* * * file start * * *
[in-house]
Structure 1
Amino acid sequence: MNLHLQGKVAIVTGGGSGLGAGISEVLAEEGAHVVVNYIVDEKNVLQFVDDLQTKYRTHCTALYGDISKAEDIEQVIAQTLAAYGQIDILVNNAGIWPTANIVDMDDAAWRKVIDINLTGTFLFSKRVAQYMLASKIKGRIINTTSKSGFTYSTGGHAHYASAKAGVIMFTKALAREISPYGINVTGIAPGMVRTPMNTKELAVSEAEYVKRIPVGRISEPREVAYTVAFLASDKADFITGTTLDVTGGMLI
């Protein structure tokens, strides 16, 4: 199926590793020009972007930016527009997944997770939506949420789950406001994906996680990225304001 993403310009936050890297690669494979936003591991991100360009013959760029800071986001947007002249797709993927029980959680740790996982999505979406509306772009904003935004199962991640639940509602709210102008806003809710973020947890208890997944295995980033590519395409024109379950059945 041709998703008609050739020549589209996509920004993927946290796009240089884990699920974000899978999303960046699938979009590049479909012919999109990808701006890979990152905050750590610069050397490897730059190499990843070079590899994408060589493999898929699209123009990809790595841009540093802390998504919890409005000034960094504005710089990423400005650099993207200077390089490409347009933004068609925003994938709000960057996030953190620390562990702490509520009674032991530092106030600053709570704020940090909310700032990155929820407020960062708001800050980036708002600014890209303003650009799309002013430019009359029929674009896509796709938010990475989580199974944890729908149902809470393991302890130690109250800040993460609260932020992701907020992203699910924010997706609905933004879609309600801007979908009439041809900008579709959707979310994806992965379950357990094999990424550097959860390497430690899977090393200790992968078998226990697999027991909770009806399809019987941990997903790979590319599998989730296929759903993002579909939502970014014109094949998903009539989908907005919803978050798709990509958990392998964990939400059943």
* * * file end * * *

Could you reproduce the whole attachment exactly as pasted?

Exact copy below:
[in-house]
Structure 1
Amino acid sequence: MNLHLQGKVAIVTGGGSGLGAGISEVLAEEGAHVVVNYIVDEKNVLQFVDDLQTKYRTHCTALYGDISKAEDIEQVIAQTLAAYGQIDILVNNAGIWPTANIVDMDDAAWRKVIDINLTGTFLFSKRVAQYMLASKIKGRIINTTSKSGFTYSTGGHAHYASAKAGVIMFTKALAREISPYGINVTGIAPGMVRTPMNTKELAVSEAEYVKRIPVGRISEPREVAYTVAFLASDKADFITGTTLDVTGGMLI
């Protein structure tokens, strides 16, 4: 199926590793020009972007930016527009997944997770939506949420789950406001994906996680990225304001 993403310009936050890297690669494979936003591991991100360009013959760029800071986001947007002249797709993927029980959680740790996982999505979406509306772009904003935004199962991640639940509602709210102008806003809710973020947890208890997944295995980033590519395409024109379950059945 041709998703008609050739020549589209996509920004993927946290796009240089884990699920974000899978999303960046699938979009590049479909012919999109990808701006890979990152905050750590610069050397490897730059190499990843070079590899994408060589493999898929699209123009990809790595841009540093802390998504919890409005000034960094504005710089990423400005650099993207200077390089490409347009933004068609925003994938709000960057996030953190620390562990702490509520009674032991530092106030600053709570704020940090909310700032990155929820407020960062708001800050980036708002600014890209303003650009799309002013430019009359029929674009896509796709938010990475989580199974944890729908149902809470393991302890130690109250800040993460609260932020992701907020992203699910924010997706609905933004879609309600801007979908009439041809900008579709959707979310994806992965379950357990094999990424550097959860390497430690899977090393200790992968078998226990697999027991909770009806399809019987941990997903790979590319599998989730296929759903993002579909939502970014014109094949998903009539989908907005919803978050798709990509958990392998964990939400059943």